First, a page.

As a result, public saunas and bathhouses were common occurrences during the Middle Ages, whilst London brothels required patrons to bathe prior to entering. The average wealthy person would enjoy regular baths in heated tubs of water, whilst even the poorer peasantry were able to take regular spit baths. Medical manuals frequently include reference to the importance of individual cleanliness as a precursor to good health, with the Secreta Secretorum imparting an entire section on bathing. Bathhouses also served an important social function, with Charlemagne reputedly inviting his sons, nobles, friends, and even attendants to bathe with him. Westminster Abbey, for a time, even employed a “bath-attendent” with a salary of two loaves of bread per day.
3. Women in the Middle Ages were not forced to wear chastity belts to maintain their virtue, with their invention actually a joke by Middle Age satirists.
Part of the aforementioned romanticizing of chivalry and knights, recent centuries have seen the inclusion of chastity belts in historical stories as a means to induce sexual abstinence among women. A product of woeful misunderstanding, the earliest references to these devices were, in fact, not genuine recommendations of their usage but a means of satirizing the obsession of the day with purity and virginity. First appearing in Konrad Kyeser von EichstÃ¤tt’s Bellifortis (c. 1405), it detailed how Florentine women wore “hard iron breeches” that “are closed at the front”, including an accompanying illustration.
However, subsequent generations centuries later failed to grasp that EichstÃ¤tt was not being literal in his account but rather satirical. It was not until the 18th century that the first “real” chastity belts were created and used for the intended purpose. This was due to the emerging medical belief in the 1700s that masturbation was harmful to the human body, demanding a mechanism to prevent action upon primal urges. The U.S. Patent Office filed many requests for anti-masturbation designs throughout its existence, until, in the 1930s, it was eventually proven that engaging in solo sexual pleasure was not a cause of serious mental health problems.
2. People in the Middle Ages did not believe the world was flat, having been determined centuries earlier it was, in fact, spherical in nature.
A common misconception repeated still today is the belief that people in the Middle Ages thought that the Earth was flat. Even in 2012, President Obama compared “Flat Earthers” in the time of Columbus to climate change deniers in the 21st century. In contrast to this modern understanding, there is no serious recorded belief in a flat Earth during the Middle Ages. As early as the 6th century BCE, Greek scientists had successfully determined the shape of our planet, as well as almost exactly calculating the circumference of the Earth long before the start of the Common Era. By the Middle Ages, this was common knowledge, with even the Church teaching that the Earth was round.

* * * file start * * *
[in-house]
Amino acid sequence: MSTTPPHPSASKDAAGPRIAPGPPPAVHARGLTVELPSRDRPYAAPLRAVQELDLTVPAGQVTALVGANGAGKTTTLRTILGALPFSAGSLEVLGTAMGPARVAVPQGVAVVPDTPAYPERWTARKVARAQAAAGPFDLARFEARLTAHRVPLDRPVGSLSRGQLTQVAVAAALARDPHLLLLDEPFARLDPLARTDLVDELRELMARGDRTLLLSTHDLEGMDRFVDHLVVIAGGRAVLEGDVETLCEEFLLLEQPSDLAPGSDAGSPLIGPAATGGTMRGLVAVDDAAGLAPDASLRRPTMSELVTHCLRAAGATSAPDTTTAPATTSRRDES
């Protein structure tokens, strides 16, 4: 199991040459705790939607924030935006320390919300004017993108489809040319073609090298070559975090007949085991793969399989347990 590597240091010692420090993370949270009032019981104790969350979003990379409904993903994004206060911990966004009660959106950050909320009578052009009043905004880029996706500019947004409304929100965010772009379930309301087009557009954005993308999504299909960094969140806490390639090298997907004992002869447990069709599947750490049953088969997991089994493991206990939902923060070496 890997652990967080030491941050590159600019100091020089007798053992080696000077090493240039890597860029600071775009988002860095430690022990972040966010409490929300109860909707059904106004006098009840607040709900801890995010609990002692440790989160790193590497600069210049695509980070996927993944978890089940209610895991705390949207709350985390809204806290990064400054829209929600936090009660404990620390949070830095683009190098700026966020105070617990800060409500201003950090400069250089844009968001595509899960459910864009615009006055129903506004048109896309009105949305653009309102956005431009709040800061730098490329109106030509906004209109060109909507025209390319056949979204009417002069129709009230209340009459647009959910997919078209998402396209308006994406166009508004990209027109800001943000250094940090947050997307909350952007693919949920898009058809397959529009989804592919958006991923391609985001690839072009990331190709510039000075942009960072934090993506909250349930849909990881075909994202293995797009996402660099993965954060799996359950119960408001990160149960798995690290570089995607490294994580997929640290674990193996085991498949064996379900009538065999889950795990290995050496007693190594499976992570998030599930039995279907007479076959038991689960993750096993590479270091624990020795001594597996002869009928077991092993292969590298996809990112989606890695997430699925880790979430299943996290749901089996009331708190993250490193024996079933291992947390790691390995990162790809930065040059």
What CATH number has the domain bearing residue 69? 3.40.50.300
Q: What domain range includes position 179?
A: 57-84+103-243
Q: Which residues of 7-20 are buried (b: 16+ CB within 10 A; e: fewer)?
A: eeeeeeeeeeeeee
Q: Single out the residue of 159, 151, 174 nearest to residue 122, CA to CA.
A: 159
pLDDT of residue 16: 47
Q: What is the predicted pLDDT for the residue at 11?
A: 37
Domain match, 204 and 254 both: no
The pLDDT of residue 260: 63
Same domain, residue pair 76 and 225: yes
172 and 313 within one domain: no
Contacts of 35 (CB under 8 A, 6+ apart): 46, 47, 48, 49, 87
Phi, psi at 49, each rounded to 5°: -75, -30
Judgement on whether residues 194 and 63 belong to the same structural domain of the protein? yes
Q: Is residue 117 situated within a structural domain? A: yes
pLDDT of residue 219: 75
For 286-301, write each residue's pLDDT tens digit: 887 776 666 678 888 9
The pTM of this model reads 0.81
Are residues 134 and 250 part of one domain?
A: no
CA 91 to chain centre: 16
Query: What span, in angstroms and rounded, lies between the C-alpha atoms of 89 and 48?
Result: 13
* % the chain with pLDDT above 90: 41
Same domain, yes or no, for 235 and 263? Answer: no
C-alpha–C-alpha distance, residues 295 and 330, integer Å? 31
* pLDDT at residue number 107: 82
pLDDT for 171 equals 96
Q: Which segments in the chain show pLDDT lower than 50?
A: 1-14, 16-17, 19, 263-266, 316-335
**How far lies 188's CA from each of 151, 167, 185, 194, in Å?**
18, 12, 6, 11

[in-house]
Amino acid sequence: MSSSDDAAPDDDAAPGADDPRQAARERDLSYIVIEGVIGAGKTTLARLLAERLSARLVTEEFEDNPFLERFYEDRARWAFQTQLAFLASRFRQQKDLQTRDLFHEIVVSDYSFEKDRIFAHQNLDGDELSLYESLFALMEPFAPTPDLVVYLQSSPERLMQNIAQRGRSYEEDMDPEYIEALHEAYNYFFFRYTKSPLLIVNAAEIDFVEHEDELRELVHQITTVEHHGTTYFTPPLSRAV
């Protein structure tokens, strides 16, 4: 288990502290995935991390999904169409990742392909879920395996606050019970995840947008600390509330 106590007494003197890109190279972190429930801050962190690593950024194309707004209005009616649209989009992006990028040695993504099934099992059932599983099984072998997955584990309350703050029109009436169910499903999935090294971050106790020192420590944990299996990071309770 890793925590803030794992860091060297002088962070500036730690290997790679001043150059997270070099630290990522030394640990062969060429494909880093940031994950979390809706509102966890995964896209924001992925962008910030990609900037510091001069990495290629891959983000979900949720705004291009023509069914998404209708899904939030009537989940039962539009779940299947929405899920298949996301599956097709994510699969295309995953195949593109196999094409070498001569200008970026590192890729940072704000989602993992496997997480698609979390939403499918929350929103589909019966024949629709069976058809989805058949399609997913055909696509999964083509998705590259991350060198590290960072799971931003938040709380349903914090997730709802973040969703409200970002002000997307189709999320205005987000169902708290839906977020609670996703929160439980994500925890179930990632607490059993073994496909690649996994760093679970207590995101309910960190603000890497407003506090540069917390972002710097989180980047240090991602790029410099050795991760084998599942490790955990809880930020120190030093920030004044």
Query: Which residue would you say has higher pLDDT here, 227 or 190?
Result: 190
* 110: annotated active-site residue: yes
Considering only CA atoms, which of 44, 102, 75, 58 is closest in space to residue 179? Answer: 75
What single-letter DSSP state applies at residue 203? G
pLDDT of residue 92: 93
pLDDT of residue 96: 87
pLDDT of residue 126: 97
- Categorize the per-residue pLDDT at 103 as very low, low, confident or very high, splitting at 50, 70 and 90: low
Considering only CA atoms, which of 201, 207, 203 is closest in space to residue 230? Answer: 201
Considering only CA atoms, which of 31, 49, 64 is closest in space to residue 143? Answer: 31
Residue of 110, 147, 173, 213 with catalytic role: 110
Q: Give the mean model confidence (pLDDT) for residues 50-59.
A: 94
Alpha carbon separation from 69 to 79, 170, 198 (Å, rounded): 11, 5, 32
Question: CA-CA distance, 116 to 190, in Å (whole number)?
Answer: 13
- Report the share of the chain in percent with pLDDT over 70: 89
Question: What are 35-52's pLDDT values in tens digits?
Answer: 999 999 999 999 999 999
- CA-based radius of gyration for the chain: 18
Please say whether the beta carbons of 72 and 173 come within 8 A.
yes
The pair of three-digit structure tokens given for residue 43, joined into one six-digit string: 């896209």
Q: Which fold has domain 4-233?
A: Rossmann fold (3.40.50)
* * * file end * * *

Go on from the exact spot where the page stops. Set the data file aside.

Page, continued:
The myth of Middle Age belief in a flat Earth, originating during the 19th century, has two individuals to blame, acting almost concurrently yet independently. Frenchman Antoine-Jean Letronne sought to disparage the Catholic Church in his 1834 study “On the Cosmographical Ideas of the Church Fathers“, seeking to depict the clergy as anti-science and ignorant. Meanwhile, American essayist Washington Irving, in an effort to embolden the myth of Columbus, introduced to the United States the erroneous concept that Europeans thought the folk figure was acting in defiance of popular opinion; Irving’s work has become a staple of the American education system, even after it has been widely debunked as incorrect.
1. Despite common representations in media, Europe was not homogeneously white but was surprisingly ethnically diverse during the Middle Ages.
When author George R.R. Martin was criticized for depicting his fantasy reproduction of Medieval Europe as overwhelmingly white, the author replied that his creation “fantasy analogue of the British Isles in its world” and was historically accurate. Despite being a widely held idea of Europe, regarded as only diversifying in recent decades, Europe has, in fact, always been a melting pot of demographic diversity. Race was not viewed conceptually in the same manner that much of humanity does today, with racial slavery not yet introduced, and whilst tensions and discrimination existed communities co-existed relatively peacefully.
Large portions of Iberia remained under Islamic, namely Arabic and Berber, control for much of the Middle Ages, only ending in 1492. Throughout this period Jews, Muslims, and Christians co-existed throughout Spain. When Jews were expelled from Christian Spain after the Reconquista, they migrated throughout Europe and North Africa. Meanwhile, migrants from Central Asia, fleeing the Mongol hordes, entered Eastern Europe, forming communities in modern-day Russia, Ukraine, and the Caucuses. Shakespeare’s Othello, among other works, makes notable reference to the existence of non-whites throughout European society, with individuals like Saint Maurice celebrated in spite of their physical diversity.